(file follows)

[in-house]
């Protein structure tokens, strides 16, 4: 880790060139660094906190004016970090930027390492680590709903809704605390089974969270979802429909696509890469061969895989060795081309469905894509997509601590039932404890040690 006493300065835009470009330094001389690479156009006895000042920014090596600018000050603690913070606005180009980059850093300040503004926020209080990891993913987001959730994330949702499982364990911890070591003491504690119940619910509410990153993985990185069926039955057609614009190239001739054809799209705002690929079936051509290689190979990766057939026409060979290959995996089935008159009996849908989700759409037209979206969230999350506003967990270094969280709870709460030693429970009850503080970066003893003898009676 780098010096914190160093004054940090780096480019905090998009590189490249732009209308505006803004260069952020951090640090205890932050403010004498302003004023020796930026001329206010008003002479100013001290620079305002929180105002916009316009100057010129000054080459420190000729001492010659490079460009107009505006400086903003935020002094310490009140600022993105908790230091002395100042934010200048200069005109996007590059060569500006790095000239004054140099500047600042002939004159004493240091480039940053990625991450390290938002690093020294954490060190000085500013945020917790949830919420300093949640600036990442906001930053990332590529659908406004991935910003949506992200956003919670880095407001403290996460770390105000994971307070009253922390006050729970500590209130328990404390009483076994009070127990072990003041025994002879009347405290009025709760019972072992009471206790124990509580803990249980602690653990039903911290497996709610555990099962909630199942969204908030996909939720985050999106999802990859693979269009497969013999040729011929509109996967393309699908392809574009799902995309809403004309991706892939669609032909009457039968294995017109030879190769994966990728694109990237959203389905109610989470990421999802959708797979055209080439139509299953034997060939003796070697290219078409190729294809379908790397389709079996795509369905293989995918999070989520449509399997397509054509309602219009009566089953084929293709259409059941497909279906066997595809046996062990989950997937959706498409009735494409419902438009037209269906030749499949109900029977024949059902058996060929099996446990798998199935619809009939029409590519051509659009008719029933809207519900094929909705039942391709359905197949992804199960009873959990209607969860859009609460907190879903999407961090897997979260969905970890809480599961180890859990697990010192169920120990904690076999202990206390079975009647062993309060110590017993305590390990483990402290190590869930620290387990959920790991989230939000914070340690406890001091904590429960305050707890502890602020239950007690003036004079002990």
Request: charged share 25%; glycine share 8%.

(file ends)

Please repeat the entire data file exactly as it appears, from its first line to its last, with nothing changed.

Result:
[in-house]
């Protein structure tokens, strides 16, 4: 880790060139660094906190004016970090930027390492680590709903809704605390089974969270979802429909696509890469061969895989060795081309469905894509997509601590039932404890040690 006493300065835009470009330094001389690479156009006895000042920014090596600018000050603690913070606005180009980059850093300040503004926020209080990891993913987001959730994330949702499982364990911890070591003491504690119940619910509410990153993985990185069926039955057609614009190239001739054809799209705002690929079936051509290689190979990766057939026409060979290959995996089935008159009996849908989700759409037209979206969230999350506003967990270094969280709870709460030693429970009850503080970066003893003898009676 780098010096914190160093004054940090780096480019905090998009590189490249732009209308505006803004260069952020951090640090205890932050403010004498302003004023020796930026001329206010008003002479100013001290620079305002929180105002916009316009100057010129000054080459420190000729001492010659490079460009107009505006400086903003935020002094310490009140600022993105908790230091002395100042934010200048200069005109996007590059060569500006790095000239004054140099500047600042002939004159004493240091480039940053990625991450390290938002690093020294954490060190000085500013945020917790949830919420300093949640600036990442906001930053990332590529659908406004991935910003949506992200956003919670880095407001403290996460770390105000994971307070009253922390006050729970500590209130328990404390009483076994009070127990072990003041025994002879009347405290009025709760019972072992009471206790124990509580803990249980602690653990039903911290497996709610555990099962909630199942969204908030996909939720985050999106999802990859693979269009497969013999040729011929509109996967393309699908392809574009799902995309809403004309991706892939669609032909009457039968294995017109030879190769994966990728694109990237959203389905109610989470990421999802959708797979055209080439139509299953034997060939003796070697290219078409190729294809379908790397389709079996795509369905293989995918999070989520449509399997397509054509309602219009009566089953084929293709259409059941497909279906066997595809046996062990989950997937959706498409009735494409419902438009037209269906030749499949109900029977024949059902058996060929099996446990798998199935619809009939029409590519051509659009008719029933809207519900094929909705039942391709359905197949992804199960009873959990209607969860859009609460907190879903999407961090897997979260969905970890809480599961180890859990697990010192169920120990904690076999202990206390079975009647062993309060110590017993305590390990483990402290190590869930620290387990959920790991989230939000914070340690406890001091904590429960305050707890502890602020239950007690003036004079002990």
Request: charged share 25%; glycine share 8%.